Three voices screamed at Stacy’s Mom all the time. Sometimes, she screamed back.
“She heard these voices for over 40 years,” Stacy says on a Christian Reads and Classics YouTube video. “These voices were horrible they said the worst things to her; they would cuss at her; they would call her names.”
That made for two sufferers: Stacy’s mom and Stacy. Mom was in and out of psychiatric hospitals, so Stacy was left alone, fearful and resentful.
Stacy was born in Baltimore in 1977. Mom wasn’t diagnosed with schizophrenia until six months after Stacy’s birth, and Dad was a functional alcoholic who spent all evenings at the bar. “A lot of my childhood I spent completely alone,” she says.
“They were in no position to have a kid,” she says. “But they did, and here I am.”
Try as she might, Mom never got the upper hand over the voices and the breakdowns.
“She would make me breakfast, get me off to school, and then I would come home from school and she would be gone,” Stacy says. “I knew she was in the hospital. I blamed the loneliness and a lot of bad things on my mom because as I kid, I thought it was her choice to leave.”
They never went to church, but Mom played Christian music, wrote down scriptures and called herself born-again — things that Stacy didn’t understand.
“We had a very strained relationship,” Stacy admits.
“The voices would scream at her. They would cuss at her. They would call her names,” Stacy says. “My mom would hear this all the time. She was literally being tortured.”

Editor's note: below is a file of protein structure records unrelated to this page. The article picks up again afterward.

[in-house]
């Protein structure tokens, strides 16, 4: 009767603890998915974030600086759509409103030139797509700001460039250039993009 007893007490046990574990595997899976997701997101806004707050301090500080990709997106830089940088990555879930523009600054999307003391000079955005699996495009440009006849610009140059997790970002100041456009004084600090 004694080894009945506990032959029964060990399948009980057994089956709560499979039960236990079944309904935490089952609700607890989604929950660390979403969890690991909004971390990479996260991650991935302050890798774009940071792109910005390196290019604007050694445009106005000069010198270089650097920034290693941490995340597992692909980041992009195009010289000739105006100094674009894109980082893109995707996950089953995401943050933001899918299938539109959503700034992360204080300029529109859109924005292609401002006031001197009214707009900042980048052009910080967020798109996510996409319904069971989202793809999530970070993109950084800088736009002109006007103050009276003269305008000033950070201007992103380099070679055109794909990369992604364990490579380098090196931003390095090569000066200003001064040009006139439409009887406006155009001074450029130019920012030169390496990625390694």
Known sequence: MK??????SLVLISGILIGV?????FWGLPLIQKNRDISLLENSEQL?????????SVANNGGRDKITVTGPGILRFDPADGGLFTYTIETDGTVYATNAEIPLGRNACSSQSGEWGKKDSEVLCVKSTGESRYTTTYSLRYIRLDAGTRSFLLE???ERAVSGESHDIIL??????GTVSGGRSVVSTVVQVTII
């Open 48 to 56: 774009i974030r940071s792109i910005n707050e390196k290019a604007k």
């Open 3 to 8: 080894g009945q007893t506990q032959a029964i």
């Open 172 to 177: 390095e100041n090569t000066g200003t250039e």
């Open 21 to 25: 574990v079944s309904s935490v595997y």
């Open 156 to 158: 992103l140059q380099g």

Part of the reason Dad stayed at the bar was to not have to be around Mom, due to her unstable condition.
In high school, Stacy got drunk and high to escape her life. At age 18, she moved in with her boyfriend, not so much because she loved him as because he was the easiest excuse to move away from Mom. That didn’t last.
Eventually, she started dating the man who became her husband, a Marine with whom she moved for a time to England. It was he who suggested they start attending church. But the type of church they attended left much to be desired. When she shared about her fruitless search to help her mom, they glibly responded that she “didn’t have enough faith” in prayer.
Frustrated with longstanding unanswered prayer, Stacy “walked away” from God; they stopped attending church.
Because of her psychosis, Mom complained of “phantom”… Read the rest: Schizophrenia and salvation